According to the acting principal of Kambia Islamic Secondary School (KISS), Mohamed Sidique, Kambia District had little above 5% of candidates that passed both the WASSCE and BECE exams in 2019.

“This was indeed a mass failure for the entire district,” he explains, adding that “One of the major reasons behind the mass failure is because we don’t have trained, experienced and qualified teachers.”

The West African Examinations Council (WAEC) public exams results for Basic Education Certificates Examinations (BECE) and the West African Senior Secondary School Examinations (WASSCE) shows that in 2019 pupils in Kambia District in the northwest region of the country are indeed amongst those that performed poorest.

Like Sidique, the principal of Saint Mary Secondary School in Kambia District, Joseph Young, also attributes the poor performance of students in public examinations to a lack of trained and qualified teachers in his school.

“My school has over 300 pupils,” he says, “but only five teachers are on government payroll.”

With over 20 secondary schools in the district, over 1,000 students separately take the BECE and WASSCE examinations each year. Those who do not achieve the required number of passes in these examinations, according to WAEC, do not meet university entry requirements.

Foday Kamara is just one of the pupils at Kambia Islamic Secondary School who sat to the WASSCE exams in 2019, but was unable to get the required grades which would have qualified him to be admitted into university. He said that the major challenge he faced as a student was non-completion of the examination syllabuses; he said that if the tutors had been there, and if they had exhausted the entire syllabus they would have been prepared better prepared for the exams.

“We also had constraint with textbooks for core subjects,” he says, “like English Language and Mathematics. They are not available. The free quality education textbooks that were given to the school were not enough for us all,” he concluded.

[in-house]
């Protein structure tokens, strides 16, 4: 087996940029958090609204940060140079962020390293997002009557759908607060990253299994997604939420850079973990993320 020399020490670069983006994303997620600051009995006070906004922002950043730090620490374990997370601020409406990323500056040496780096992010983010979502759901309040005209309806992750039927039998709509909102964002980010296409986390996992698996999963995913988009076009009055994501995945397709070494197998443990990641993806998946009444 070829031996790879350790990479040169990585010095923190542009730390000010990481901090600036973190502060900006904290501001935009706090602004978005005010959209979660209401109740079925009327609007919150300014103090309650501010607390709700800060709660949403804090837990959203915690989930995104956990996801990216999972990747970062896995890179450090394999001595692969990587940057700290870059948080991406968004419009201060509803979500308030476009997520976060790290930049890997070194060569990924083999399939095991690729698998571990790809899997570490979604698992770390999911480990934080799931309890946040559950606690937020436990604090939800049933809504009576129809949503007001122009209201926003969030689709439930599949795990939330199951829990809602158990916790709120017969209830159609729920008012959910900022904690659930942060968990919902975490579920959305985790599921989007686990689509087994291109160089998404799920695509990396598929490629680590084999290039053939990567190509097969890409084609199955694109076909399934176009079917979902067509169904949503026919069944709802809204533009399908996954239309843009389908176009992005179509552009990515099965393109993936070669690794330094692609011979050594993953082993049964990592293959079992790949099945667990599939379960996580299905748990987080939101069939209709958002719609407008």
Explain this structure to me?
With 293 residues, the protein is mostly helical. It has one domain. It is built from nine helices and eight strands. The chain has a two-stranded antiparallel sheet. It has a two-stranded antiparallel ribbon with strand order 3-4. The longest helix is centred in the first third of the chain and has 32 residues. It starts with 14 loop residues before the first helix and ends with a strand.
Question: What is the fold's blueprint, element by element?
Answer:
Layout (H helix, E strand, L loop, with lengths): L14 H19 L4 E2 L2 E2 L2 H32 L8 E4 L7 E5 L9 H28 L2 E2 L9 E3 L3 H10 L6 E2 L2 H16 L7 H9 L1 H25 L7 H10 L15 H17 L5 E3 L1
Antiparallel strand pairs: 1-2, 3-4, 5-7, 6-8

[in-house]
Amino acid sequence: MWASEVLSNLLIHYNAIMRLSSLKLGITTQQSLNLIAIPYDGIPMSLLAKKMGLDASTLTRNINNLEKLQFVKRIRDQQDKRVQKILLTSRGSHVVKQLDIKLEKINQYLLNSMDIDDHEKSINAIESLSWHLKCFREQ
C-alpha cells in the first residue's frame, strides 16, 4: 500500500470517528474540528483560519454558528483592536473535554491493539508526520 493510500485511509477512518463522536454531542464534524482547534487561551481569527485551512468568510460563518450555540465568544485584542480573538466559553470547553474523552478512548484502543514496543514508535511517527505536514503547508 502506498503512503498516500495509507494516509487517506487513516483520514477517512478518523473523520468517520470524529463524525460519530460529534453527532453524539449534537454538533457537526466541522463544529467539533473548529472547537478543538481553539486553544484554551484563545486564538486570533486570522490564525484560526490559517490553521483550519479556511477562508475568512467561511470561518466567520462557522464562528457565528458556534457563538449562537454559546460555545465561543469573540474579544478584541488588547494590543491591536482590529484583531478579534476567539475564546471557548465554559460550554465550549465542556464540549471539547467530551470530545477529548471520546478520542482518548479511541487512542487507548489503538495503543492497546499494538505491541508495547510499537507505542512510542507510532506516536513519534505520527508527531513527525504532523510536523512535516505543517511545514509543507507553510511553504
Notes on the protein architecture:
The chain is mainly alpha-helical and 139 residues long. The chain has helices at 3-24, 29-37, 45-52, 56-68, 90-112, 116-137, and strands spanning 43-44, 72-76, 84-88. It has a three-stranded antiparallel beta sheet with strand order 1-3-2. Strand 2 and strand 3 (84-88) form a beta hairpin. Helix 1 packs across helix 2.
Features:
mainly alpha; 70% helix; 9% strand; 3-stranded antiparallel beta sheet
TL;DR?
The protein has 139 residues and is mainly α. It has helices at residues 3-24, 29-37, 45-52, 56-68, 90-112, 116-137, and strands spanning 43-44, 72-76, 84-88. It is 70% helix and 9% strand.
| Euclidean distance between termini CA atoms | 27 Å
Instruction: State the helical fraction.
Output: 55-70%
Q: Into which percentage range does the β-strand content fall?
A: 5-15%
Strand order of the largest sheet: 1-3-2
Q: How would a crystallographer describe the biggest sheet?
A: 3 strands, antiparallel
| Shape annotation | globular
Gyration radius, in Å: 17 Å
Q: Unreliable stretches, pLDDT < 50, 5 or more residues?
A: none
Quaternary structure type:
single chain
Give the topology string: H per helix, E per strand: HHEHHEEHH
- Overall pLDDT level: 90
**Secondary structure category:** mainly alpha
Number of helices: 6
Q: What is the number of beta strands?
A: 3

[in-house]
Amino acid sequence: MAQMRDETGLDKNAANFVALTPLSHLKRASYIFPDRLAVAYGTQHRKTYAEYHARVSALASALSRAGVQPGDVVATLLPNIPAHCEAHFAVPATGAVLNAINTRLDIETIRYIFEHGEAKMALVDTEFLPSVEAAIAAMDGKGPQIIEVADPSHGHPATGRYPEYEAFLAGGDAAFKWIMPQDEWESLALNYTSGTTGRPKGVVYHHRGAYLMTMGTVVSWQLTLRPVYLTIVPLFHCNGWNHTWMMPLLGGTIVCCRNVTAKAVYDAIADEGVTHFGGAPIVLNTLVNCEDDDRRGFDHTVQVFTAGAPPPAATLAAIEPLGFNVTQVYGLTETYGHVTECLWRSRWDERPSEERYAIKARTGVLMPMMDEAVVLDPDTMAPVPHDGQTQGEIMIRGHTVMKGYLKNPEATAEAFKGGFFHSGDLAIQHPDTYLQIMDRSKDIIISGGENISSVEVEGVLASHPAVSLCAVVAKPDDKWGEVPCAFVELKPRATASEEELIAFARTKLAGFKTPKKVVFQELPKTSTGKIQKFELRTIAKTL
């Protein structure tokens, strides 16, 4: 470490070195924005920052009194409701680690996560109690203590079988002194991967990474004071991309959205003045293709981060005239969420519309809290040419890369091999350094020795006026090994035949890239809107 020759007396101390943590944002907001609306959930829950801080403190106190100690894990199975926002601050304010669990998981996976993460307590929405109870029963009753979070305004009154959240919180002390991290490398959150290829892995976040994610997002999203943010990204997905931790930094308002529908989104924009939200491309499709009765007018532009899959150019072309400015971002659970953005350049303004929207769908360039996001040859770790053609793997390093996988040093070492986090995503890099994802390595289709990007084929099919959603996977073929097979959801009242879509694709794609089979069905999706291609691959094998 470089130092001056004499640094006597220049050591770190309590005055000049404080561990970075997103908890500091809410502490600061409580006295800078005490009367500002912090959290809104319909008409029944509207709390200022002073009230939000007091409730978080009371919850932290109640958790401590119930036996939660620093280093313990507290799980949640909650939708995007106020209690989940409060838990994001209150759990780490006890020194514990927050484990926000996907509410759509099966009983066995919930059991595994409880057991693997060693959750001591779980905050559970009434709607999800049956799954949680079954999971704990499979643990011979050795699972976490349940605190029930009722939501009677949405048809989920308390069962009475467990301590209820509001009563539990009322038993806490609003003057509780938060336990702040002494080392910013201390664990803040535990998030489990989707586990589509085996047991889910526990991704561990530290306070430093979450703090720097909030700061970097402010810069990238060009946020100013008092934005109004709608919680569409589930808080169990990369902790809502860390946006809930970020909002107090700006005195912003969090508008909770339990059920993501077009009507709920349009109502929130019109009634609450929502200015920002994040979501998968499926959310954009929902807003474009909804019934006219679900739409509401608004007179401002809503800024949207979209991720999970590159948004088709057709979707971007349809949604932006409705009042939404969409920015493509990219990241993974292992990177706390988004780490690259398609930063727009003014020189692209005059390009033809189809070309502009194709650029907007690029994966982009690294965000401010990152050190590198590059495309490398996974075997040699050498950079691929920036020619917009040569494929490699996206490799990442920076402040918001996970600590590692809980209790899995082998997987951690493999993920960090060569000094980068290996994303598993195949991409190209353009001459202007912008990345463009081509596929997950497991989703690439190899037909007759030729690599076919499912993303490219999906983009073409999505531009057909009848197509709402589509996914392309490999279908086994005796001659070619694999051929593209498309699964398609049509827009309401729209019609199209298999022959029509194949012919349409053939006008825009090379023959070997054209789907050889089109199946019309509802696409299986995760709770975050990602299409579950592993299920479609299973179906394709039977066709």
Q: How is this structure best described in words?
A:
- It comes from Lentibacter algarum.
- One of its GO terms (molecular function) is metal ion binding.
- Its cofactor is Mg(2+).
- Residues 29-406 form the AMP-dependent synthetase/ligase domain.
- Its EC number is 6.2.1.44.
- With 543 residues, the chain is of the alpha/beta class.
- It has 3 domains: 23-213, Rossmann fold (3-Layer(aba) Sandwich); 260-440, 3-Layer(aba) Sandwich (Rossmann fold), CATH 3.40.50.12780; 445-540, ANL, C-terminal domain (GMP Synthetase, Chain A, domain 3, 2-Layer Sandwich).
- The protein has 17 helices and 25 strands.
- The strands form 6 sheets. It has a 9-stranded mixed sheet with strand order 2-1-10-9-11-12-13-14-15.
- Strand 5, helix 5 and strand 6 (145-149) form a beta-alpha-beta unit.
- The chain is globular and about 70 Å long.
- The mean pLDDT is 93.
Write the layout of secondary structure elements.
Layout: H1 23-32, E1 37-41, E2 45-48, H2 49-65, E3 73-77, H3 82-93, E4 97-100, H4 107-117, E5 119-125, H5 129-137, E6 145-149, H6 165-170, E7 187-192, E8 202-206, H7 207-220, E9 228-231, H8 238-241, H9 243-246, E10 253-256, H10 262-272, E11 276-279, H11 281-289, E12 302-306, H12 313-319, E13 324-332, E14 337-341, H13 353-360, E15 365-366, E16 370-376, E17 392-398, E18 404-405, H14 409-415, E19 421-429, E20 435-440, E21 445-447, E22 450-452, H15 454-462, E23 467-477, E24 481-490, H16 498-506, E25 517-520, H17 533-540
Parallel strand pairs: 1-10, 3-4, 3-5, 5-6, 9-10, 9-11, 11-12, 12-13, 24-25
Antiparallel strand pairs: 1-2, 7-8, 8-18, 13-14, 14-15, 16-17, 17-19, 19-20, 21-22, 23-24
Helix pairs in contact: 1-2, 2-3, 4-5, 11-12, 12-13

Kadiatu Sankoh is currently studying at the Kambia Islamic Secondary School. She says that learning is not effective in her school; and they don’t have enough notes to study, in order to pass exams.

“Teachers do not teach us effectively,” She laments, “and mostly, when they come to class, they only explain some passages from books which are sold to us by the very teachers themselves – and if you are without the books, you won’t understand from those teachings.”

She went further to disclose that the English and Mathematics books that were supplied to them through the free quality education program were collected from them again by the school authorities – they were not allowed to take them home to study.

Ahead of this year’s WASSCE and BECE exams, teachers in the district are engaged in teaching normal school classes, though some are untrained and unqualified.

Alex Musa Koroma, a Senior Teacher at the Kambia Islamic Secondary School, says the process of recruiting teachers in the district has not been favorable for them, which is why many schools in Kambia do not have the trained and qualified teachers they need.

Responding to the issue of teachers failing to complete their syllabuses, Koroma says, “I can’t deny the fact that teachers in the district do not complete their syllabuses, as this has been a major problem in the teaching field over the years – and not only Kambia District.[While] a good number of teachers do complete their syllabuses, likewise a very good number of teachers do not complete their syllabuses, which boils down to the supervision of higher school authorities by the District Education Office in Kambia.”